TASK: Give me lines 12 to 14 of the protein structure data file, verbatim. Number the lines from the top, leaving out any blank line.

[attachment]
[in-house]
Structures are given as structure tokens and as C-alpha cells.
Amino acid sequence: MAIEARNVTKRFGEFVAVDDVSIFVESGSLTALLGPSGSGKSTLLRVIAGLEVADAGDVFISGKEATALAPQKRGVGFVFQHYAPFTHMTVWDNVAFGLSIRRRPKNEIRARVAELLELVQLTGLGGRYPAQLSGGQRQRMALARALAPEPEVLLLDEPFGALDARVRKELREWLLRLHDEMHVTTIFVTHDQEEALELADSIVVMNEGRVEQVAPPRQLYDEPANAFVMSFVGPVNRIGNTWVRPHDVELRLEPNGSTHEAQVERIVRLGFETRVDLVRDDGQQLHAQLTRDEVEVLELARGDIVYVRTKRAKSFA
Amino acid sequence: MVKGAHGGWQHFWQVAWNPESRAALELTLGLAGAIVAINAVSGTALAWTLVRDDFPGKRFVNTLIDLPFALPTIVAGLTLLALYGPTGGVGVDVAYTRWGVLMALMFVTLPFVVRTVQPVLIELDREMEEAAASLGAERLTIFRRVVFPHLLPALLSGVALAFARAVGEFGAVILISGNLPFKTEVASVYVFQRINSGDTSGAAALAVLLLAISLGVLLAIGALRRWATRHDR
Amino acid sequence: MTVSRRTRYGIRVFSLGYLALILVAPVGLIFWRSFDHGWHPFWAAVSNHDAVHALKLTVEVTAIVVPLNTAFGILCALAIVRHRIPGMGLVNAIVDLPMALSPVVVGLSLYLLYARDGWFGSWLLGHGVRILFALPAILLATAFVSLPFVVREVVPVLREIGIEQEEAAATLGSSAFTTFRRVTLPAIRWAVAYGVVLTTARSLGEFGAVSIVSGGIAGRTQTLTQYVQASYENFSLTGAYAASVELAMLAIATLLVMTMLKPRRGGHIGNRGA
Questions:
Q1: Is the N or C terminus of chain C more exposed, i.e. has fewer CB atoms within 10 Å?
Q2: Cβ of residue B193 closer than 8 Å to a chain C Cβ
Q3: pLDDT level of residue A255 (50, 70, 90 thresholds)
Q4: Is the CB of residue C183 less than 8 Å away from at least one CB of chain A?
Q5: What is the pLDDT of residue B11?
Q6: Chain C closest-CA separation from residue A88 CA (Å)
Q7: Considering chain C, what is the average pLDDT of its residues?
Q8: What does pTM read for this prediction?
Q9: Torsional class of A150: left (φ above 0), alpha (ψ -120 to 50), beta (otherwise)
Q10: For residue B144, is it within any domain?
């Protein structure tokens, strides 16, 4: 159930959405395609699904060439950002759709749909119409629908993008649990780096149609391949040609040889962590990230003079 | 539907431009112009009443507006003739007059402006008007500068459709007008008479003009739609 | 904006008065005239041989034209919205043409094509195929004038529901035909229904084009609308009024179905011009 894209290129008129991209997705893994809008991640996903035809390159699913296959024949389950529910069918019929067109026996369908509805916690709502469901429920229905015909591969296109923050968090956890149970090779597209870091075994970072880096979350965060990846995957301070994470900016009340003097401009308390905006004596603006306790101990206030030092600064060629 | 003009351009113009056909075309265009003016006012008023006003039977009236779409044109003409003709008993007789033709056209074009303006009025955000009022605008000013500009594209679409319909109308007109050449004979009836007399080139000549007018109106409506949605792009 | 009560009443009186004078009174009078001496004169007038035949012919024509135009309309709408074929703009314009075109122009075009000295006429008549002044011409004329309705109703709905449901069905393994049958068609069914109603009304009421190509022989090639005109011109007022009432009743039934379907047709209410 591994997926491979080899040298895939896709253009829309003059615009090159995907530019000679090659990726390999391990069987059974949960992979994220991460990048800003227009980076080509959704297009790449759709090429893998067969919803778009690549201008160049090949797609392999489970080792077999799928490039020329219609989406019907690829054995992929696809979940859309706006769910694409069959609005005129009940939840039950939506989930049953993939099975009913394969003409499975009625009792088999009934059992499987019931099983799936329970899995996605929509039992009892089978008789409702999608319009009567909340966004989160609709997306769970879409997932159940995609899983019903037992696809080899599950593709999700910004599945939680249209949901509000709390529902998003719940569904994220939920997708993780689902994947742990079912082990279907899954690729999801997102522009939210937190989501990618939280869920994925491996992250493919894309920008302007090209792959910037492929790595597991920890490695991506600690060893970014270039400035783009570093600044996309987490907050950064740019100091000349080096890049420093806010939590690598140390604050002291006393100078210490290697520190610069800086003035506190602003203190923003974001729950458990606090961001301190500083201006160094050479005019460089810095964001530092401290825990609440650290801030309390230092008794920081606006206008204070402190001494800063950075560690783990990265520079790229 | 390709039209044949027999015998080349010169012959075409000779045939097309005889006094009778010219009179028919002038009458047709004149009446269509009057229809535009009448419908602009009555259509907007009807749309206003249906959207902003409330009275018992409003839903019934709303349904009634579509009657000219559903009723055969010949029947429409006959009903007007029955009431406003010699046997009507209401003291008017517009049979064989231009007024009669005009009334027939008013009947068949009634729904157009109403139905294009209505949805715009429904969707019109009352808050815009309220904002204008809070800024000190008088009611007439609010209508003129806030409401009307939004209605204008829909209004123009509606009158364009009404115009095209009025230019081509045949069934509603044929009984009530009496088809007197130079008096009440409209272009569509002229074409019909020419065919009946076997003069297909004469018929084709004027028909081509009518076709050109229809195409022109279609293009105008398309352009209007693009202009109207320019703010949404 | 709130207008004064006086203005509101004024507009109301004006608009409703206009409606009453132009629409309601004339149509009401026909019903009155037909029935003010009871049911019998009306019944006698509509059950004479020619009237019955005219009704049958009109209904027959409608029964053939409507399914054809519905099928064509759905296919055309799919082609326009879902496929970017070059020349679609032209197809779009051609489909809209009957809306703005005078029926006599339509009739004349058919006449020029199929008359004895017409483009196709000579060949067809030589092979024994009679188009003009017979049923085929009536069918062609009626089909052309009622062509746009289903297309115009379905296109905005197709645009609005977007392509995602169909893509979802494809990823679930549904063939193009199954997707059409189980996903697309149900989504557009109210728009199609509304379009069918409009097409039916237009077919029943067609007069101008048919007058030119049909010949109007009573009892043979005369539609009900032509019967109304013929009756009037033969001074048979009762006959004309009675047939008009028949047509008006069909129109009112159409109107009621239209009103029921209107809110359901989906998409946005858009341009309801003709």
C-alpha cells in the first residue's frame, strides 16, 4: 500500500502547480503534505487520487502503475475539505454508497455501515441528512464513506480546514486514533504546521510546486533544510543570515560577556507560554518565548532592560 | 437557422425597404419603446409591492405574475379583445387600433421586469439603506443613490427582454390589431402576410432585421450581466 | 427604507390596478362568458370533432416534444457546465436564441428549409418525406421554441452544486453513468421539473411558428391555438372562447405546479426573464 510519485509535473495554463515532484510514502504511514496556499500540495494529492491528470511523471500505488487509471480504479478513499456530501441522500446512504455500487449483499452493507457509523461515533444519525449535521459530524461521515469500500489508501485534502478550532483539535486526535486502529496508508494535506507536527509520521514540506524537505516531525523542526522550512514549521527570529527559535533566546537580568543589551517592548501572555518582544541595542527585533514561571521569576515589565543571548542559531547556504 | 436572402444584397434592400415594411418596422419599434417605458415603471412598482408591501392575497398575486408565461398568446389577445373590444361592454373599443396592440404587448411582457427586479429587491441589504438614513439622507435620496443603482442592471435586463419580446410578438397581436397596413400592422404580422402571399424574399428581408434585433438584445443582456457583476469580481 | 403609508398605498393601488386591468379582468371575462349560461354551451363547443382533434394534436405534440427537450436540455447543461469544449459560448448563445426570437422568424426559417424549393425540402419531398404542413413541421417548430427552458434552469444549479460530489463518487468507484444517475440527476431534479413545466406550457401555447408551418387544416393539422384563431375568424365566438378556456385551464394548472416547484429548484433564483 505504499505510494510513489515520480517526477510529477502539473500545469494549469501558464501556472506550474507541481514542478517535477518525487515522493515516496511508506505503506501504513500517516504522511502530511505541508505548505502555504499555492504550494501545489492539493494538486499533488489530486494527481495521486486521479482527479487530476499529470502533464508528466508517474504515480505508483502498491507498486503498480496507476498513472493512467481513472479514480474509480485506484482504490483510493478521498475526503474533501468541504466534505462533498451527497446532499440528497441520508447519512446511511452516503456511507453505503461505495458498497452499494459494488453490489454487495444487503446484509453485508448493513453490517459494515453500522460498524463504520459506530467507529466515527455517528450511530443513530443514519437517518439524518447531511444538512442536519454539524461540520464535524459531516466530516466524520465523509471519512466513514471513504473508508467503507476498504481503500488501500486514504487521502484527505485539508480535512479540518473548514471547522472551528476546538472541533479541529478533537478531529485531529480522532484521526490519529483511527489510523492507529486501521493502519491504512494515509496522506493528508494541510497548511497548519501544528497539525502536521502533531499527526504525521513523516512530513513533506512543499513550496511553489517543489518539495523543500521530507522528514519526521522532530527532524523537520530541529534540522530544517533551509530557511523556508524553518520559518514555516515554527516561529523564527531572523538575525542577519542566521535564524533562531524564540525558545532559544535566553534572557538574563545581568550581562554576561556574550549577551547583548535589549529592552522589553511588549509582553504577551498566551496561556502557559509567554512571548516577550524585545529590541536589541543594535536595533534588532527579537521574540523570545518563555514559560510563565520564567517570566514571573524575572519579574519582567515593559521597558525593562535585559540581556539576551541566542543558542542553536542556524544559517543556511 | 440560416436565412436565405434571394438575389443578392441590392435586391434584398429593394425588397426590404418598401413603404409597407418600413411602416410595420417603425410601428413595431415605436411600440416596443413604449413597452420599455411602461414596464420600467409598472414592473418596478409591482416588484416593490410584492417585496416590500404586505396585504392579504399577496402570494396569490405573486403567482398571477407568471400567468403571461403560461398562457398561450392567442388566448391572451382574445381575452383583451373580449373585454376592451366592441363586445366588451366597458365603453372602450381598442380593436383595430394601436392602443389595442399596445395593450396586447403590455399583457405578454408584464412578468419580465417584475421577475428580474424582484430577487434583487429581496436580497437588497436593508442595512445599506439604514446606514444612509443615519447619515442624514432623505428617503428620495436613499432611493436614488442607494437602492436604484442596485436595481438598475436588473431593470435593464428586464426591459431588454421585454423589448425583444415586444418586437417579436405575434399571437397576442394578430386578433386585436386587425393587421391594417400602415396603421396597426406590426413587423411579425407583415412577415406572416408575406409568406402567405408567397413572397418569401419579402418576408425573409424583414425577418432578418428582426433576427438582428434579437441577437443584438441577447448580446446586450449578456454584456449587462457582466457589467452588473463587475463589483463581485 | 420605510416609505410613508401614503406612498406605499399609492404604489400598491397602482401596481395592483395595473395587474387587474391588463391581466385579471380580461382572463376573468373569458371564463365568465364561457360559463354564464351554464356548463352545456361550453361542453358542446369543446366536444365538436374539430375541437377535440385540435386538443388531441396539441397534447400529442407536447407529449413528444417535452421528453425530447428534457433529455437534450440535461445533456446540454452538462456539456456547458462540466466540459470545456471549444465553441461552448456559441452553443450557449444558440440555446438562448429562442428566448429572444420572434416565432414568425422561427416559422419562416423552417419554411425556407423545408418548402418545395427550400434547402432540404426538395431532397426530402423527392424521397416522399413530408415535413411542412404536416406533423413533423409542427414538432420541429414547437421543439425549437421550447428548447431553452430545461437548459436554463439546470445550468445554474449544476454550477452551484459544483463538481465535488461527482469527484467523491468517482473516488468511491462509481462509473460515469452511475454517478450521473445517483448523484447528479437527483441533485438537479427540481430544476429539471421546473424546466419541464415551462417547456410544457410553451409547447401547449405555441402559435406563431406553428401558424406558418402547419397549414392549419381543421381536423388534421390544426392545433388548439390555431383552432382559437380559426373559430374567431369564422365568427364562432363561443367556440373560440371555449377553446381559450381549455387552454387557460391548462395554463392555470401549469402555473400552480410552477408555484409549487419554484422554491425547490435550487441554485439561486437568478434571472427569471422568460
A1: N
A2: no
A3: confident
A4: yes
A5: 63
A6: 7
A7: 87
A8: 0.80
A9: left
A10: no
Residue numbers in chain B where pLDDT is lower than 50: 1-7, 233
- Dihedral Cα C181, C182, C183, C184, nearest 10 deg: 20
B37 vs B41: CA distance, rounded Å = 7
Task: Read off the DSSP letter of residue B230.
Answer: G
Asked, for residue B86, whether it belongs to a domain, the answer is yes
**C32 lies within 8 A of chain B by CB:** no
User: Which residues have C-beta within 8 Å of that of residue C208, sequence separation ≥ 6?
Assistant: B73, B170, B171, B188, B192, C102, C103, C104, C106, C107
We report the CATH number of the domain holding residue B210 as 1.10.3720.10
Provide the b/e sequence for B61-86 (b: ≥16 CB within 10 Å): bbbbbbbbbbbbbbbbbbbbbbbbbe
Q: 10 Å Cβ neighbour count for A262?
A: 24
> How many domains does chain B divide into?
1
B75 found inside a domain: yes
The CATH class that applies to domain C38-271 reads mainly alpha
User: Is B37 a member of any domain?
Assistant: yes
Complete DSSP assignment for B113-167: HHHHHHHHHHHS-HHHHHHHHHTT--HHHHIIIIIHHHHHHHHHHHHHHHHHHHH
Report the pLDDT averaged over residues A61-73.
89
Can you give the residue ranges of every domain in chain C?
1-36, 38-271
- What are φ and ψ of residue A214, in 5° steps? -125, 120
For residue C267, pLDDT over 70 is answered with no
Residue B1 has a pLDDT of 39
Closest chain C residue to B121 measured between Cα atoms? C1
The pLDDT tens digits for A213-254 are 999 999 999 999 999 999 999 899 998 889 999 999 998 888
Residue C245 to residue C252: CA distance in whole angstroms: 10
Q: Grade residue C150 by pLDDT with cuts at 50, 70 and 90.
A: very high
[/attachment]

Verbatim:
Q6: Chain C closest-CA separation from residue A88 CA (Å)
Q7: Considering chain C, what is the average pLDDT of its residues?
Q8: What does pTM read for this prediction?